My Priest Is Peter Venkman

I came across a video the other day which examined the role of women in the original Ghostbusters. And when you look at it—when it’s all broken down for you—the female characters in the film are sort of treated like crap, especially by the movie’s hero.

You see something like that, and you can’t unsee it. It can ruin your memory of the thing you once saw uncritically with your young innocent eyes.

It is almost worth not seeing it at all. It’s almost worth remembering things the way they were, even if it’s sort of misremembering, or selectively remembering, or consciously deleting certain details. We do this all the time in life. We selectively edit memory to fit only those narratives that we can bear.

When certain people point out the thorns in our happy pop-culture memories, a massive rage can ensue. You have a certain reality tunnel regarding the way things went down, and you’re not going to have that threatened.

You’re not going to have your interpretation of reality threatened. You won’t even allow that it’s an “interpretation” of reality—your reality IS reality, THE reality.

We see these things in religious wars. And the fact of the matter is: Ghostbusters past and present has become a type of religious war.

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Pop-culture—what is known as “geek” culture—has long since become, in a sense, a type of religious war. That is why it has become so hard for me to enjoy this type of content and entertainment within the context of contemporary “fan” culture.

Because I am somewhere between an agnostic and an ecstatic starchild, and I just have no damn interest in this secular-religious war over characters owned by massive media/entertainment conglomerates.

I mean, it’s interesting to me in the anthropological sense.

And certainly, having more positive female role models does have an impact. Going from being a target for demonic possession (and Peter Venkman’s now excruciating to listen to pick-up lines) to an actual Ghostbuster does have an impact.

It’s also heresy. Which is why we just had the recent religious war over the Ghostbusters. You, possibly being outside the “fan” cognoscenti and viewing this controversy with baffled eyes and baffled brain—you might not understand the vitriol, the anger.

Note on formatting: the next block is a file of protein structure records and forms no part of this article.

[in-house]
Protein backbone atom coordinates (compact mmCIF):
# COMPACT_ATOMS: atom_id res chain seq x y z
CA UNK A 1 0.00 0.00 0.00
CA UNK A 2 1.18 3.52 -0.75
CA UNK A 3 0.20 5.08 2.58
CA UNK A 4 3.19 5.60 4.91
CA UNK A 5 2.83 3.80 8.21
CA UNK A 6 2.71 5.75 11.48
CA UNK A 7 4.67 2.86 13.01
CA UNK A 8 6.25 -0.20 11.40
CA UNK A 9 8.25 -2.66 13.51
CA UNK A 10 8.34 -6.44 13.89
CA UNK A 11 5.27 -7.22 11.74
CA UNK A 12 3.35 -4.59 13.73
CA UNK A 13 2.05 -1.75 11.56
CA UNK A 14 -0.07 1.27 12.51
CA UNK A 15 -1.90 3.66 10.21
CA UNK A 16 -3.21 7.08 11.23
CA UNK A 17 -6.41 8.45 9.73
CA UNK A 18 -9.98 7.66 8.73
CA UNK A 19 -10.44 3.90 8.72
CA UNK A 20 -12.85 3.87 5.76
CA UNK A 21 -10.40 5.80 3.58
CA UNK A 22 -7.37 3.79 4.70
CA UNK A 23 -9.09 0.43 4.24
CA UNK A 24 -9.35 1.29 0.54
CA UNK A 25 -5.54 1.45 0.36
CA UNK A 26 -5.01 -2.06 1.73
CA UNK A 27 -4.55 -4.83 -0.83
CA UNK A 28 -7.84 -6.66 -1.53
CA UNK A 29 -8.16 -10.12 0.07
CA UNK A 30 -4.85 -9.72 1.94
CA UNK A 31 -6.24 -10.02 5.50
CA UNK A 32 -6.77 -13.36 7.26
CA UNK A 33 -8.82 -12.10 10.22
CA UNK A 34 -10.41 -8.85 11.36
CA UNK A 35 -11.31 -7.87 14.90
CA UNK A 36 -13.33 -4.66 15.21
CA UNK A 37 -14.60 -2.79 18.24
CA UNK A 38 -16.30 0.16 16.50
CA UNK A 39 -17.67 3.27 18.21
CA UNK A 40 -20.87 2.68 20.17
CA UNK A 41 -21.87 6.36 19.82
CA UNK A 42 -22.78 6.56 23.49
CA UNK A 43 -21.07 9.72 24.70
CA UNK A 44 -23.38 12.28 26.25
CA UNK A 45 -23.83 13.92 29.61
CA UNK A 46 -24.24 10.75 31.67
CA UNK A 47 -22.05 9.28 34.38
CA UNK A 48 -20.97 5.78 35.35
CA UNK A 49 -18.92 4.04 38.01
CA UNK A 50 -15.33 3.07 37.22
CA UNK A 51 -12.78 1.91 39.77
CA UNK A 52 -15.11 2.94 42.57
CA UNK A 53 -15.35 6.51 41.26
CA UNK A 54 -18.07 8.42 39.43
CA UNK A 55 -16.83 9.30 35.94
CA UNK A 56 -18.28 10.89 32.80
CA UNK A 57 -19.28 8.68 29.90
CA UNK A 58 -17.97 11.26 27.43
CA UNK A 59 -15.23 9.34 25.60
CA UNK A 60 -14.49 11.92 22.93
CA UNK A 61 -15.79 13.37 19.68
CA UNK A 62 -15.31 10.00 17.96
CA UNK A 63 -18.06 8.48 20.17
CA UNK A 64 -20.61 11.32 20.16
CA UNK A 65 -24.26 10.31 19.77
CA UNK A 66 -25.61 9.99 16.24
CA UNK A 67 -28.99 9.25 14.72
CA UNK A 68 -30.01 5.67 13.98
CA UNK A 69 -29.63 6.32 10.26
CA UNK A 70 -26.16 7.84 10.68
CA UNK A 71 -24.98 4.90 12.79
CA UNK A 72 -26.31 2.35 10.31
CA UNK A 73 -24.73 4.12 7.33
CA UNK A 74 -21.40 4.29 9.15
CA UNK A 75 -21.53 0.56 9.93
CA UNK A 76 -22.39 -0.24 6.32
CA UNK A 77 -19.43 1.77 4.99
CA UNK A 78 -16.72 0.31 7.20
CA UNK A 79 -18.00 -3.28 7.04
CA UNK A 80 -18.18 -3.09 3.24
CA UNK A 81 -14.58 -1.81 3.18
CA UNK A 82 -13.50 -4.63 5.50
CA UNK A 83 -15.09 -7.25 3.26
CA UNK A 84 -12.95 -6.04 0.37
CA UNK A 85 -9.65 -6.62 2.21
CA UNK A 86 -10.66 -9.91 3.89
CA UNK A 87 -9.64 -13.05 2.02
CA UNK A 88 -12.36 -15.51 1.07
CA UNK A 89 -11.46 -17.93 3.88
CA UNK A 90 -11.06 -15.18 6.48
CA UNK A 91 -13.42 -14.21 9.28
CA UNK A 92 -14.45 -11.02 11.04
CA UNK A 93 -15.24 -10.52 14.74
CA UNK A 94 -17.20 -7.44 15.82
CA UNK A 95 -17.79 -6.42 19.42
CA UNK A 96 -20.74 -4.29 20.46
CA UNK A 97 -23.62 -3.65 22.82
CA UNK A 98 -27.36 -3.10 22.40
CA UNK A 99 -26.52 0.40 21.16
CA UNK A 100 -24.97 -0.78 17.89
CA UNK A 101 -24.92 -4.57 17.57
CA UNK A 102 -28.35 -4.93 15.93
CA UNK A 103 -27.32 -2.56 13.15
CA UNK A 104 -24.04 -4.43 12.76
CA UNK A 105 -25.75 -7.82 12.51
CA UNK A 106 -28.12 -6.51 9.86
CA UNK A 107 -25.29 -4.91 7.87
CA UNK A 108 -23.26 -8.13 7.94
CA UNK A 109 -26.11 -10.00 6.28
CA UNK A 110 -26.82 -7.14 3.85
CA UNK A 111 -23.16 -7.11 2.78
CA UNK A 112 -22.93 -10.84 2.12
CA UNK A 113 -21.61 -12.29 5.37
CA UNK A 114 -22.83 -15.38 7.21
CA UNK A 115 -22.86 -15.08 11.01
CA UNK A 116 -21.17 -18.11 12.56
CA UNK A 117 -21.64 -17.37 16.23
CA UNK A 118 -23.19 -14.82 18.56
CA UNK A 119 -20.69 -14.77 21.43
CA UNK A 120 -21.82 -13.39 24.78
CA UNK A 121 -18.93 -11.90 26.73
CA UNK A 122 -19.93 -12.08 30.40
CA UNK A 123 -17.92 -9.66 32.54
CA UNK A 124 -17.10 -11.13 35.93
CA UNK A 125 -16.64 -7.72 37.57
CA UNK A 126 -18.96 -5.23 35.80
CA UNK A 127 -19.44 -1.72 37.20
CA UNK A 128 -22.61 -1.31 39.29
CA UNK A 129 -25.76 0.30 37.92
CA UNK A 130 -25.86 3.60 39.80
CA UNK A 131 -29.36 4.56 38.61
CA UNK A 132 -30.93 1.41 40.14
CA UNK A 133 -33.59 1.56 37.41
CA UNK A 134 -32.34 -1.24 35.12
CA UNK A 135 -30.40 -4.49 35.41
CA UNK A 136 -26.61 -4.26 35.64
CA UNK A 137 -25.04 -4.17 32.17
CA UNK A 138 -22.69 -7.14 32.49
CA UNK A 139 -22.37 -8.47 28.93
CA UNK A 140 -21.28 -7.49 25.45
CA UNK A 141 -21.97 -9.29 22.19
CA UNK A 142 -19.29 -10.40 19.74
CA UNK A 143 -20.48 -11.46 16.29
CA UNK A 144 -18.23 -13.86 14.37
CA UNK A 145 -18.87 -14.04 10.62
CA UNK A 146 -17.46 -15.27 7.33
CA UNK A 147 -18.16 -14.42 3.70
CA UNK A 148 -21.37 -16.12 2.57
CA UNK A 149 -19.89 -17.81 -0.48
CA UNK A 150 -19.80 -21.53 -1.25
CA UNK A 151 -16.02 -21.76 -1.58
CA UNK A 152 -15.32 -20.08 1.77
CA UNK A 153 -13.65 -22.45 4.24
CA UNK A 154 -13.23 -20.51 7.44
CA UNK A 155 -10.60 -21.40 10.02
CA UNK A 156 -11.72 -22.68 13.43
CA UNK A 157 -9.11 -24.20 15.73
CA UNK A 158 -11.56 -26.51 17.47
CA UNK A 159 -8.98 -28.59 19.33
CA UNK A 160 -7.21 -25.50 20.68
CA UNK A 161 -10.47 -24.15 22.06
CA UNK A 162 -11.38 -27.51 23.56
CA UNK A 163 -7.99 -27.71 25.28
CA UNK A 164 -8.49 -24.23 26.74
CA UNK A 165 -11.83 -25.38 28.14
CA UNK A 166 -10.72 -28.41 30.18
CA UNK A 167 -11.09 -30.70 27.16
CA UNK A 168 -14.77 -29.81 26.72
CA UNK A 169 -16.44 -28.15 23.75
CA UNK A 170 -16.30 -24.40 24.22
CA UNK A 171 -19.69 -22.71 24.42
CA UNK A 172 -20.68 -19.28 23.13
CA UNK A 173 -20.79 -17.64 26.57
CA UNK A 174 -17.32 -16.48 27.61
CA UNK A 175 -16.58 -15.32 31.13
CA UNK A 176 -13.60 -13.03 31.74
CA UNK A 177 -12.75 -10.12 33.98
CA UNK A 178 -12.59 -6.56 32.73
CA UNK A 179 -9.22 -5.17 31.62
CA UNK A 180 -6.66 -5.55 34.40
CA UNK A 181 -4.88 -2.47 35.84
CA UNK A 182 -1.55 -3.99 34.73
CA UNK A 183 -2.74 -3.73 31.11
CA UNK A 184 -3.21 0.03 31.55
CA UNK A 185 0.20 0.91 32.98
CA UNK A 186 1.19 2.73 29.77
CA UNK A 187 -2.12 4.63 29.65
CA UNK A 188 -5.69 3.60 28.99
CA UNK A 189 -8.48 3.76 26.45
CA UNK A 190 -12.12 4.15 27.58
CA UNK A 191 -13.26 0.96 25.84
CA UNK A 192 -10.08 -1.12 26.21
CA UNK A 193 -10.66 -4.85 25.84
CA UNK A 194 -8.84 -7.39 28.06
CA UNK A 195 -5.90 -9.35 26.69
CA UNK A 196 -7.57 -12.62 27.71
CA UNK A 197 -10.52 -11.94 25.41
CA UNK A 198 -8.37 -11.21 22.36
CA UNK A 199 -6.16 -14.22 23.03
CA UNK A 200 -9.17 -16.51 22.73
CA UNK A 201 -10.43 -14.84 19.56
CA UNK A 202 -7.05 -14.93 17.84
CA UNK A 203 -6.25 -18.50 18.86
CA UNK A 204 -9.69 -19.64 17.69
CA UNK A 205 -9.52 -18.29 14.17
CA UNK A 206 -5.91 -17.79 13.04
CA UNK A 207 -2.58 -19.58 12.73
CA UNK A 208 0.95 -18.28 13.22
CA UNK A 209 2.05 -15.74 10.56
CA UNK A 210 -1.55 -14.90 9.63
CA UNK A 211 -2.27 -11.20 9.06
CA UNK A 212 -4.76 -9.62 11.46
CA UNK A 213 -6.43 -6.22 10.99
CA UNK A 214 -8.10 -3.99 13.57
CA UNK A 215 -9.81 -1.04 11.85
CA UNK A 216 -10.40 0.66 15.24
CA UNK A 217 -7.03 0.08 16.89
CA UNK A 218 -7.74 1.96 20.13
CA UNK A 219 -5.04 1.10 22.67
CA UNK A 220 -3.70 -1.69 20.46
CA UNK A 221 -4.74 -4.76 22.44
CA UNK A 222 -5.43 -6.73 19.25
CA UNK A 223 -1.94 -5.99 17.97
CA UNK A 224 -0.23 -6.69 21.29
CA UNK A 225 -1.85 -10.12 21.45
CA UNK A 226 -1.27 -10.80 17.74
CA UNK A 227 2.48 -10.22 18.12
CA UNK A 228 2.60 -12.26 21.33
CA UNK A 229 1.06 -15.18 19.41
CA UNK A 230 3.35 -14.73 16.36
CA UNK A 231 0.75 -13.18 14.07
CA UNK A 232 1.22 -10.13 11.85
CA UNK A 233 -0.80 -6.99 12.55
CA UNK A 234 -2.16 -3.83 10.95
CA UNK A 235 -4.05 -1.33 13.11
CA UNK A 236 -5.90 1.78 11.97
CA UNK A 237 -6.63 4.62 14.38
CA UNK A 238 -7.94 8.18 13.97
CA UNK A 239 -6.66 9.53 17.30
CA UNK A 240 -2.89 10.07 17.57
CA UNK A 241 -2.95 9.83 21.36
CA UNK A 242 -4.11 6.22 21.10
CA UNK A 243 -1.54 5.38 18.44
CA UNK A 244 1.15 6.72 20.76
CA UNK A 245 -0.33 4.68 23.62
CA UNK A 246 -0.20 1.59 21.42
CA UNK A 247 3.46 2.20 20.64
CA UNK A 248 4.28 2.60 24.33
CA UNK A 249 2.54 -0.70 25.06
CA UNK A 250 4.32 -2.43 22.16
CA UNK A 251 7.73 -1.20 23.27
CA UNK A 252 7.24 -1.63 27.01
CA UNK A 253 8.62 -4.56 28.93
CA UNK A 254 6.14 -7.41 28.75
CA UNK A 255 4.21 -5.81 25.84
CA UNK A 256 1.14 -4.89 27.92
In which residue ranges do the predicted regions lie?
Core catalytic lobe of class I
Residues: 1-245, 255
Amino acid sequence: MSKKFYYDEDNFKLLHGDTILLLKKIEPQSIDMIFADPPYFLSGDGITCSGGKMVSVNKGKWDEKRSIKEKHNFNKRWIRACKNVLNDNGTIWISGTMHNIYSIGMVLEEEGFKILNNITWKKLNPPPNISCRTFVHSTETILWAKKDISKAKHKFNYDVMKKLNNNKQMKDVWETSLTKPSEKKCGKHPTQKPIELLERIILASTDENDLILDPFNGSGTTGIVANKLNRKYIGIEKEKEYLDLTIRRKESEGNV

It’s a religious war. It’s about letting the chicks into the priesthood. I mean, what else is a Ghostbuster then a high-tech priest performing an exorcism? It is a type of priesthood. And according to the “Bible”—which is the original text, the 1985 movie—only men donned the particular garb of this priesthood.

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original ghost-buster

It’s like you are rewriting the Bible. You now have competing interpretations of the same “text.” I mean hell, how many wars throughout the history of humankind have been fought over just this concept of heresies?

I mean, just the notion of the Divine Feminine in the Gnostic versions of the New Testament alone…you know how many people died over that, how many texts were destroyed and burned and broken and what have you?

We think history is “history”—is the past, is over. We think we’re too smart for that nonsense now. We think that such fervor and rage is back in the Dark Ages with the fundamentalists and the machete-wielding maniacs.

15478_10151217761932956_1589214449_nBut that Divine Feminine thing never really got resolved—and, despite best efforts to do so, was never quite wiped out of the mass human consciousness, or even written history (see: the Dead Sea Scrolls).

So we’re still having these wars…these pseudo-religious pop-culture wars. Only, we’re a lot more civilized about it now. We don’t kill people over these “theological” disputes. We just try to metaphorically kill them, the way we do most things metaphorically through the bits and bytes of a digital world.

I’m happy for the little girls who gain new role models via this new Ghostbusters. But even if this particular priesthood was now pronounced “open” to me (complete with the blessing of Dan Akyroyd and Paramount), it’s never something that I myself could approach with fresh eyes. I could never fill Kristen Wiig’s Ghostbuster boots, for example, and feel like I finally “got my chance.”

Because you know, I approached the old Ghostbusters—the original holy text, the one that has been so vigorously defended by the True Believers—the way many other deeply religious women did in those days.

I became a priest anyway. But not a priestess. It is the Divine Feminine—Sophia—going underground, being painted as a male disciple in DaVinci’s most famous work.

My role-model ghostbusting priest will always be Peter Venkman. If Sigourney Weaver’s character gets lost and obscured within  in the “plaster” demon-dog at the end of that movie, I am similarly lost within the smirk and smarm of Bill Murray’s movie persona, in his rumpled jumpsuit.

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If the entire pop-cultural past of my youth gets revealed to be a horrid lie, a continual sexist affront to my very birth gender—then I have nothing left. I have nothing left, in the neo-theological sense, the sense in which our primal hunger for old-time religion gets satisfied by sci-fi TV shows and stacks upon stacks of comic books.

I don’t rage like the fanboys in the face of my religion’s thorns unveiled in a series of YouTube videos and buzzwordy think-pieces.

No, I just…I just play old clips and get lost. I get lost.